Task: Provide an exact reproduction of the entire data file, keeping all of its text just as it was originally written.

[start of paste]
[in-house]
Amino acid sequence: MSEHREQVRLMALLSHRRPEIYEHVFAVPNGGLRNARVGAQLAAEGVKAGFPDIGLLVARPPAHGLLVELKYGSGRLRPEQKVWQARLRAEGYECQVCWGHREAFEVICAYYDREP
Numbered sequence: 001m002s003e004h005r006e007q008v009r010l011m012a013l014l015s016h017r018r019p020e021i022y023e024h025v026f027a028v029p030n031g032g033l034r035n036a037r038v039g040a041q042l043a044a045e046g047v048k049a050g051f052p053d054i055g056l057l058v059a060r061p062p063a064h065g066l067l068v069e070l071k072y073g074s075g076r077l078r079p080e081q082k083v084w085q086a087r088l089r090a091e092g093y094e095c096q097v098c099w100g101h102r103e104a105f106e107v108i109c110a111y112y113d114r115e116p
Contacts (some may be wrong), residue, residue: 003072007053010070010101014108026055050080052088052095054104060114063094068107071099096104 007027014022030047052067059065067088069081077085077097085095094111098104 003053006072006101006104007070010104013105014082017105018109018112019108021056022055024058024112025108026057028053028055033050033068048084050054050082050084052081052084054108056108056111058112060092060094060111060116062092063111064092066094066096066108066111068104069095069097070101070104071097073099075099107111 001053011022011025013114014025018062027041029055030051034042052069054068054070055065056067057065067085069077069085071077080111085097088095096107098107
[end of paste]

[in-house]
Amino acid sequence: MSEHREQVRLMALLSHRRPEIYEHVFAVPNGGLRNARVGAQLAAEGVKAGFPDIGLLVARPPAHGLLVELKYGSGRLRPEQKVWQARLRAEGYECQVCWGHREAFEVICAYYDREP
Numbered sequence: 001m002s003e004h005r006e007q008v009r010l011m012a013l014l015s016h017r018r019p020e021i022y023e024h025v026f027a028v029p030n031g032g033l034r035n036a037r038v039g040a041q042l043a044a045e046g047v048k049a050g051f052p053d054i055g056l057l058v059a060r061p062p063a064h065g066l067l068v069e070l071k072y073g074s075g076r077l078r079p080e081q082k083v084w085q086a087r088l089r090a091e092g093y094e095c096q097v098c099w100g101h102r103e104a105f106e107v108i109c110a111y112y113d114r115e116p
Contacts (some may be wrong), residue, residue: 003072007053010070010101014108026055050080052088052095054104060114063094068107071099096104 007027014022030047052067059065067088069081077085077097085095094111098104 003053006072006101006104007070010104013105014082017105018109018112019108021056022055024058024112025108026057028053028055033050033068048084050054050082050084052081052084054108056108056111058112060092060094060111060116062092063111064092066094066096066108066111068104069095069097070101070104071097073099075099107111 001053011022011025013114014025018062027041029055030051034042052069054068054070055065056067057065067085069077069085071077080111085097088095096107098107